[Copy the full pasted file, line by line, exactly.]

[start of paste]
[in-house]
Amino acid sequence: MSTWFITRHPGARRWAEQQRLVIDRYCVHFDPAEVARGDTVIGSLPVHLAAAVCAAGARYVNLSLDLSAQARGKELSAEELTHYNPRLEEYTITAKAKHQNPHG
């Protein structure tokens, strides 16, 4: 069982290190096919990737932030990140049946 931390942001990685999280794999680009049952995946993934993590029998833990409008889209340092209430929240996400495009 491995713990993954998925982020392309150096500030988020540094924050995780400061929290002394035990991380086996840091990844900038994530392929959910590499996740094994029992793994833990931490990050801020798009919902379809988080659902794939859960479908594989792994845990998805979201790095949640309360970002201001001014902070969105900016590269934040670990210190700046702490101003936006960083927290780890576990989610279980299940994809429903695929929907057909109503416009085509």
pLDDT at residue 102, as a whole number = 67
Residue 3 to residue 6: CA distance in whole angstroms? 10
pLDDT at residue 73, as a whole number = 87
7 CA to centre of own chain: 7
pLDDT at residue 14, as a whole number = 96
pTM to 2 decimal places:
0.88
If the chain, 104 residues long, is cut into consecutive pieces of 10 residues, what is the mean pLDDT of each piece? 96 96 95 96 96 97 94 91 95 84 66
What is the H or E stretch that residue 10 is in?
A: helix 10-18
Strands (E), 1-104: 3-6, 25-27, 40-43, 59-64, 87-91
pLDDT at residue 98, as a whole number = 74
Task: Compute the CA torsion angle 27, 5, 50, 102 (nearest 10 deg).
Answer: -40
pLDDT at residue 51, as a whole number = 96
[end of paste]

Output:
[in-house]
Amino acid sequence: MSTWFITRHPGARRWAEQQRLVIDRYCVHFDPAEVARGDTVIGSLPVHLAAAVCAAGARYVNLSLDLSAQARGKELSAEELTHYNPRLEEYTITAKAKHQNPHG
């Protein structure tokens, strides 16, 4: 069982290190096919990737932030990140049946 931390942001990685999280794999680009049952995946993934993590029998833990409008889209340092209430929240996400495009 491995713990993954998925982020392309150096500030988020540094924050995780400061929290002394035990991380086996840091990844900038994530392929959910590499996740094994029992793994833990931490990050801020798009919902379809988080659902794939859960479908594989792994845990998805979201790095949640309360970002201001001014902070969105900016590269934040670990210190700046702490101003936006960083927290780890576990989610279980299940994809429903695929929907057909109503416009085509």
pLDDT at residue 102, as a whole number = 67
Residue 3 to residue 6: CA distance in whole angstroms? 10
pLDDT at residue 73, as a whole number = 87
7 CA to centre of own chain: 7
pLDDT at residue 14, as a whole number = 96
pTM to 2 decimal places:
0.88
If the chain, 104 residues long, is cut into consecutive pieces of 10 residues, what is the mean pLDDT of each piece? 96 96 95 96 96 97 94 91 95 84 66
What is the H or E stretch that residue 10 is in?
A: helix 10-18
Strands (E), 1-104: 3-6, 25-27, 40-43, 59-64, 87-91
pLDDT at residue 98, as a whole number = 74
Task: Compute the CA torsion angle 27, 5, 50, 102 (nearest 10 deg).
Answer: -40
pLDDT at residue 51, as a whole number = 96